() => productAlias.Name,
        () => productAlias.Id))
    .List<int>();

Using the IProjection[] overload is useful when we need to supply checksum with the result of calling another function, say avg:

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// Get the `checksum` of the average price for each sell start date.
IList<object[]> checksums = session.QueryOver<Product>(() => productAlias)
    .SelectList(list => list
        .SelectGroup(p => p.SellStartDate)
        .Select(
            CustomProjections.Checksum(
                Projections.Avg(
                    Projections.Property(() => productAlias.ListPrice)))
        ))
    .List<object[]>();

StandardSQLFunction and SQLFunctionTemplate

If you look through NHibernate’s implementations of various SQL functions, you might notice that many use StandardSQLFunction and SQLFunctionTemplate. These should take care of most of your custom function needs. If not, you can always implement ISQLFunction and create your own implementation.

StandardSQLFunction

We used StandardSQLFunction to implement our checksum example. Basically, StandardSQLFunction allows you to implement a SQL function that takes an arbitrary number of arguments and returns a scalar value.

SQLFunctionTemplate

SQLFunctionTemplate is a bit more sophisticated, and you can use it to implement SQL functions with a template, like the name implies. This is typically useful when you want to require a function to have a specific number of arguments.

An example of this would be the stuff function in SQL Server. This function inserts one string into another string, deleting the specified number of characters from the first string at a start index, then inserts the second string.

For example, here’s how you could use stuff to replace “C++” with “C#”:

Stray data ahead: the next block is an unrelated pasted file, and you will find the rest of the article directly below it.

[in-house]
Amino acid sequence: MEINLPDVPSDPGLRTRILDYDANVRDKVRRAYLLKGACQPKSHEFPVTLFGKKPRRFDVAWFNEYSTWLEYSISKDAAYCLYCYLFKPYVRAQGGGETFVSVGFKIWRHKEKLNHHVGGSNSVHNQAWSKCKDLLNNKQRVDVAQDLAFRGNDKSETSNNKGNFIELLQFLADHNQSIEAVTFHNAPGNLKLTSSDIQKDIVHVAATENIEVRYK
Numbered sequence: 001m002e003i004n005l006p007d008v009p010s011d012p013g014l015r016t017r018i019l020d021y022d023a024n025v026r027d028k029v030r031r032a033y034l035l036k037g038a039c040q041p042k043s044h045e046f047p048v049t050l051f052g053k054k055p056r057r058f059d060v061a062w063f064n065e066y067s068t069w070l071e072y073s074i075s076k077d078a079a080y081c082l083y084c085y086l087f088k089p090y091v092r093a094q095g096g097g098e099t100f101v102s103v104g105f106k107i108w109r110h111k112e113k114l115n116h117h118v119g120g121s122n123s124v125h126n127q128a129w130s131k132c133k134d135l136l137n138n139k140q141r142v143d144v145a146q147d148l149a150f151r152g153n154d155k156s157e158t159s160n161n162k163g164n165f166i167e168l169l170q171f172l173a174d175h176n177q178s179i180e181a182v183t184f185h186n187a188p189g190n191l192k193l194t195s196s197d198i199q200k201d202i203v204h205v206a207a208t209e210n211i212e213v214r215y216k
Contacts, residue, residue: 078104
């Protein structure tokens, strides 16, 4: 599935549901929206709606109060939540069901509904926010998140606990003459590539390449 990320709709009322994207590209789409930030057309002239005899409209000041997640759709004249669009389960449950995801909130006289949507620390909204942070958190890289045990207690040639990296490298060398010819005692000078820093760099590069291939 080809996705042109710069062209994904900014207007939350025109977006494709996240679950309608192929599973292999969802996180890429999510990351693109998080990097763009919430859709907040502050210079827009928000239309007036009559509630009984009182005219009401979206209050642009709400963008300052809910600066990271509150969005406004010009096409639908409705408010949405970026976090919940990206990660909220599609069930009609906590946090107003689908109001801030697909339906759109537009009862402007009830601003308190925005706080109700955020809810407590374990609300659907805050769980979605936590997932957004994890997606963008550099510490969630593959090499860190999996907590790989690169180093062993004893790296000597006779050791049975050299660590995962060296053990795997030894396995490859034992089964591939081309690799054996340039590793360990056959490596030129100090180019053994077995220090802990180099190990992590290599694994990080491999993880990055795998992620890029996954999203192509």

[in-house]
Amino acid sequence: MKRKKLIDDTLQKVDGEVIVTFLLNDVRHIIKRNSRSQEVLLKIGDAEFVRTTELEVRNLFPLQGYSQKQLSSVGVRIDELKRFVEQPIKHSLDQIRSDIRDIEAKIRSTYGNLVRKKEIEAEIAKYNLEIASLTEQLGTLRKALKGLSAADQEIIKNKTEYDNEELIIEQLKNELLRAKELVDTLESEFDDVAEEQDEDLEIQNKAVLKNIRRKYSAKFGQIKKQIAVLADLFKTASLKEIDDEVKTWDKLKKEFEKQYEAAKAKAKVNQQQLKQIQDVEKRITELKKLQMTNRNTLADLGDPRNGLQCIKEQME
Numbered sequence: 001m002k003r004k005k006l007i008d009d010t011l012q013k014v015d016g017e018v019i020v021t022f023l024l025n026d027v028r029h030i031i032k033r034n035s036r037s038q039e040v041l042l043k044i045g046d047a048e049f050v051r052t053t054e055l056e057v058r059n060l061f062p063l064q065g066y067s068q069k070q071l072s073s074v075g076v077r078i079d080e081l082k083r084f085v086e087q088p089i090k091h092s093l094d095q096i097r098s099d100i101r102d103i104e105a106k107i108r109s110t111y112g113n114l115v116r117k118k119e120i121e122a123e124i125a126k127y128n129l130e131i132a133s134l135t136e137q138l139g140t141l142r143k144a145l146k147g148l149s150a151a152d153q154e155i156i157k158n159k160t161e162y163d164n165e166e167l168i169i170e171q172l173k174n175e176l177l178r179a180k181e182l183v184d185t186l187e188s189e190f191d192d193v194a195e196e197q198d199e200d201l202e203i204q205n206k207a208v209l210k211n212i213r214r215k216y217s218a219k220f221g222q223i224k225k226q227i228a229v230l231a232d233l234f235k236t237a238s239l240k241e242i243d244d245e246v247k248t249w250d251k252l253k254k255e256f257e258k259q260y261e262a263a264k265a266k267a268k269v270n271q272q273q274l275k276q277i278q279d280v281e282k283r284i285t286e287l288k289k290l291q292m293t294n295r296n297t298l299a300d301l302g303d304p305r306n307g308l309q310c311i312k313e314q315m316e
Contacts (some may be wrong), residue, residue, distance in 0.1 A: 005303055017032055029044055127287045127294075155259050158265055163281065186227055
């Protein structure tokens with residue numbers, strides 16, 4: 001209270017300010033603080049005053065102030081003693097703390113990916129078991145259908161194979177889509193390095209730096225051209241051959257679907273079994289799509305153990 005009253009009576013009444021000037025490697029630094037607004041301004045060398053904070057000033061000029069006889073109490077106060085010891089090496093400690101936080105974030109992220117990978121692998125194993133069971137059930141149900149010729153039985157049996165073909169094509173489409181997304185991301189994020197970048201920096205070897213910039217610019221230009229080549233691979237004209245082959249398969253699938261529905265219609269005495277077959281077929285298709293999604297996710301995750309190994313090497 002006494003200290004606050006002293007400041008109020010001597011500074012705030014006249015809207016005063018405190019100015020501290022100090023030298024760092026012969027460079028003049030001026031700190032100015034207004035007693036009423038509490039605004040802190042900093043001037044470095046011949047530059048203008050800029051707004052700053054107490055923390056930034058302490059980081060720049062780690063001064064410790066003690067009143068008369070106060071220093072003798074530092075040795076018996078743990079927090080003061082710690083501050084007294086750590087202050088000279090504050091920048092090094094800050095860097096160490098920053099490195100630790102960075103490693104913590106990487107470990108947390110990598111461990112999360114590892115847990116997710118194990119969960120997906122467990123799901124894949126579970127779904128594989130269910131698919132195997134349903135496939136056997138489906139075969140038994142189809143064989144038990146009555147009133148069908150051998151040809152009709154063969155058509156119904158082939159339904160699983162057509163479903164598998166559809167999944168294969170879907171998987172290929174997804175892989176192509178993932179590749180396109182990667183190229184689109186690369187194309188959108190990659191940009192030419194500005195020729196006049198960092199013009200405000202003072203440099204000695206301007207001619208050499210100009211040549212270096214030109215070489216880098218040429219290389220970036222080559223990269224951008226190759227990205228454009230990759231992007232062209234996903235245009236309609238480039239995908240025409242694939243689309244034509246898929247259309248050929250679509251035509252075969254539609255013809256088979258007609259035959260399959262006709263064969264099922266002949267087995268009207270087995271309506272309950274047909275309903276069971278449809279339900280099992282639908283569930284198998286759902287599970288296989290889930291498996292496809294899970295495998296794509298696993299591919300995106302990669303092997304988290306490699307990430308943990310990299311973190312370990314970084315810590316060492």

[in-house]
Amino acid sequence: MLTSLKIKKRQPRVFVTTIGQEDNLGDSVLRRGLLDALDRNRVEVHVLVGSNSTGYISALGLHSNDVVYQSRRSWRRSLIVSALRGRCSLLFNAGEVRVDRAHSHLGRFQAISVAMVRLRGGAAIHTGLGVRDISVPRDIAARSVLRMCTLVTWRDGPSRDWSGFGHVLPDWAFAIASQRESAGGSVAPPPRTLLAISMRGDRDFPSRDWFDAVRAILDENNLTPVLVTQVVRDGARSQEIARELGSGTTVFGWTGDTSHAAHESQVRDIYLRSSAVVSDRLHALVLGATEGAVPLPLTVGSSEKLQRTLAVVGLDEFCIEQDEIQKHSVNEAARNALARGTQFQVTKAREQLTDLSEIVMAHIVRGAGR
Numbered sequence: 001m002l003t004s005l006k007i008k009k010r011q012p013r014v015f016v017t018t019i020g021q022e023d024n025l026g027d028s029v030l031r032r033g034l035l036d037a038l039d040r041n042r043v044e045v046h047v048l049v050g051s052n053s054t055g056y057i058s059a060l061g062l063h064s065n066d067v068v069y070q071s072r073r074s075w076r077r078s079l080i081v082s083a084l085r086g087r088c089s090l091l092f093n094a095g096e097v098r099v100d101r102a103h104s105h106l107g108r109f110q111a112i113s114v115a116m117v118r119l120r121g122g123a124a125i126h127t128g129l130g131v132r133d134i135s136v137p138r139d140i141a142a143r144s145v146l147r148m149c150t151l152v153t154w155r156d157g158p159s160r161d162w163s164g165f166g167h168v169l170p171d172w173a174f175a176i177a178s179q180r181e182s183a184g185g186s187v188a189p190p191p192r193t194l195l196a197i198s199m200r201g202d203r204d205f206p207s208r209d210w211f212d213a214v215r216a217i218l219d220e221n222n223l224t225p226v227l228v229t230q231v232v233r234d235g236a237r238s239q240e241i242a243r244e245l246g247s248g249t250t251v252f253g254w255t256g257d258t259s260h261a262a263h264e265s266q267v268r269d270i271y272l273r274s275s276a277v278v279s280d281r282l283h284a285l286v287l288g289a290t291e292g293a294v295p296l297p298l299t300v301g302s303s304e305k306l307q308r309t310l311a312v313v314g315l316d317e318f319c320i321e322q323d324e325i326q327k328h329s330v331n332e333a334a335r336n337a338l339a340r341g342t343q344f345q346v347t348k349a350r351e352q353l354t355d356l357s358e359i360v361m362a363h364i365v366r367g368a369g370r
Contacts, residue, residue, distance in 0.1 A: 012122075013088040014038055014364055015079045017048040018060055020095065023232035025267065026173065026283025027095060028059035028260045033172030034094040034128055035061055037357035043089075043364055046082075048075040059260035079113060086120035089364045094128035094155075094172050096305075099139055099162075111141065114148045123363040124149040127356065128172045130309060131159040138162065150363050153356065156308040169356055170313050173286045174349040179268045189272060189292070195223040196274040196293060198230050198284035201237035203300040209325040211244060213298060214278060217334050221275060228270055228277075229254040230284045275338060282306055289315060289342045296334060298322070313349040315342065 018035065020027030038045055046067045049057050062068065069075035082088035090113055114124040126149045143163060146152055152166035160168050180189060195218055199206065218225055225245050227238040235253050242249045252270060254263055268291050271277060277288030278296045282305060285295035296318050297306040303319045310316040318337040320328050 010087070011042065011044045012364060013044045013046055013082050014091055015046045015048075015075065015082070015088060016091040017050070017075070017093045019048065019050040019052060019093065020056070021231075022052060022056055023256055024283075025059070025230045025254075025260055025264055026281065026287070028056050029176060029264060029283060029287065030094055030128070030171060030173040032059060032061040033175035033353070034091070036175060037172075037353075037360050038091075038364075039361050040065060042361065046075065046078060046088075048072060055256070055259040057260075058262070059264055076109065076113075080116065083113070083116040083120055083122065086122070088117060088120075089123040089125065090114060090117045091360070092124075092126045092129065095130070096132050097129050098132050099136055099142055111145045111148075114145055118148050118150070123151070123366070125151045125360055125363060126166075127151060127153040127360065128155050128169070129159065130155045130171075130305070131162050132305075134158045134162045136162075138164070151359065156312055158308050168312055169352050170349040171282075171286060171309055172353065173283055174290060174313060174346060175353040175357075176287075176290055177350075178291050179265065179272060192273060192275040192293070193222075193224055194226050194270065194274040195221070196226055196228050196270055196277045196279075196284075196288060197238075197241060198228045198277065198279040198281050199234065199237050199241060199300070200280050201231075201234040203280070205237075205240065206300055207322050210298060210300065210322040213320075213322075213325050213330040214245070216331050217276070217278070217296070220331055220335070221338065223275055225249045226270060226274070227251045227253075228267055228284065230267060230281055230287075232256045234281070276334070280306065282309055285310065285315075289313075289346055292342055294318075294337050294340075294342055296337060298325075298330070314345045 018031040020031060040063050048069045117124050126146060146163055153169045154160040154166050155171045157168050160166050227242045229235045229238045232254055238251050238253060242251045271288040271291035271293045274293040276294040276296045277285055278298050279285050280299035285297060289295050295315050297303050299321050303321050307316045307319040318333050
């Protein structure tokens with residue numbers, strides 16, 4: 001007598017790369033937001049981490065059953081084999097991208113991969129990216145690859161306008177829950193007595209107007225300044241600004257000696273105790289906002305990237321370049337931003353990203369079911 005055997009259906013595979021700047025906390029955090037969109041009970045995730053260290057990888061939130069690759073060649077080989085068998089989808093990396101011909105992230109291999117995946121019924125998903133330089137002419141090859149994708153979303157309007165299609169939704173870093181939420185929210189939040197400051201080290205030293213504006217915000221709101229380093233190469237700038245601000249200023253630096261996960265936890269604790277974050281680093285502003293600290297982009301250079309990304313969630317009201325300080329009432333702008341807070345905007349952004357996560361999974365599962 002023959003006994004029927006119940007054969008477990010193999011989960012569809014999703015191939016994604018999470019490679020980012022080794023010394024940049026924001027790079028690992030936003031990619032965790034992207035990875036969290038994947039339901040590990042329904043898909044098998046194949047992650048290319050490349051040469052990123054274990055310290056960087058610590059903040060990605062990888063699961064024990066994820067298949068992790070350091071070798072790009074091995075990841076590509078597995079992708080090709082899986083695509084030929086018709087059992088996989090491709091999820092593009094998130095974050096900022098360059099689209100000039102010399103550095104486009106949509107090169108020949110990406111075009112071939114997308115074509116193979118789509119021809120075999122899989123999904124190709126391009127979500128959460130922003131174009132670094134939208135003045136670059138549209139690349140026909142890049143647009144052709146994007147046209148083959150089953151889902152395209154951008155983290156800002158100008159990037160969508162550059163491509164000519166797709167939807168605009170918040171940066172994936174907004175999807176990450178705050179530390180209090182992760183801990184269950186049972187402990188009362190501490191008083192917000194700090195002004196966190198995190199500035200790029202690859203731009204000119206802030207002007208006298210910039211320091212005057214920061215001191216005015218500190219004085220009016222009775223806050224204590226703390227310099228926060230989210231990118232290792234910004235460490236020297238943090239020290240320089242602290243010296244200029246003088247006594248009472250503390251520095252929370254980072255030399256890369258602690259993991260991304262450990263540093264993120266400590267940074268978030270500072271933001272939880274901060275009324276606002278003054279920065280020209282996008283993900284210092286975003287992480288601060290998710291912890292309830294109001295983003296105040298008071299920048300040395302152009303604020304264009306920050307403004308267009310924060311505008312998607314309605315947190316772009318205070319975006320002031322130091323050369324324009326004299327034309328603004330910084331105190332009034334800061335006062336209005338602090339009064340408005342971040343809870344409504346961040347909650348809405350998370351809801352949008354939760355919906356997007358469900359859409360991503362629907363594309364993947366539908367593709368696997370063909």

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select stuff('C++', 2, 2, '#')

Since stuff has a fixed number of parameters, it’s a good candidate for SQLFunctionTemplate. All we have to do to register it in our dialect is add the following line:

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this.RegisterFunction("stuff", new SQLFunctionTemplate(NHibernateUtil.Int32, "stuff(?1, ?2, ?3, ?4)"));

Here, we’re basically just saying that stuff is a function whose syntax is invoking the stuff function with exactly four parameters.

We’ll add a few more static methods to our CustomProjections class, since there are several ways we might want to call this function, we’ll provide several overloads:

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// Usage: CustomProjections.Stuff(() => alias.Property, 1, 2, () => alias.OtherProperty)
public static IProjection Stuff(Expression<Func<object>> characterExpression, int start, int length, Expression<Func<object>> replaceWithExpression)
{
    return Stuff(Projections.Property(characterExpression), start, length, Projections.Property(replaceWithExpression));
}

// Usage: CustomProjections.Stuff(Projections.Property(..), 1, 2, Projections.Constant(...))
public static IProjection Stuff(IProjection characterExpression, int start, int length, IProjection replaceWithExpression)
{
    return Projections.SqlFunction("stuff", NHibernateUtil.String, characterExpression, Projections.Constant(start), Projections.Constant(length), replaceWithExpression);
}

// Usage: CustomProjections.Stuff(() => alias.Property, 1, 2, "Replacement")
public static IProjection Stuff(Expression<Func<object>> characterExpression, int start, int length, string replaceWithExpression)
{
    return Stuff(Projections.Property(characterExpression), start, length, Projections.Constant(replaceWithExpression));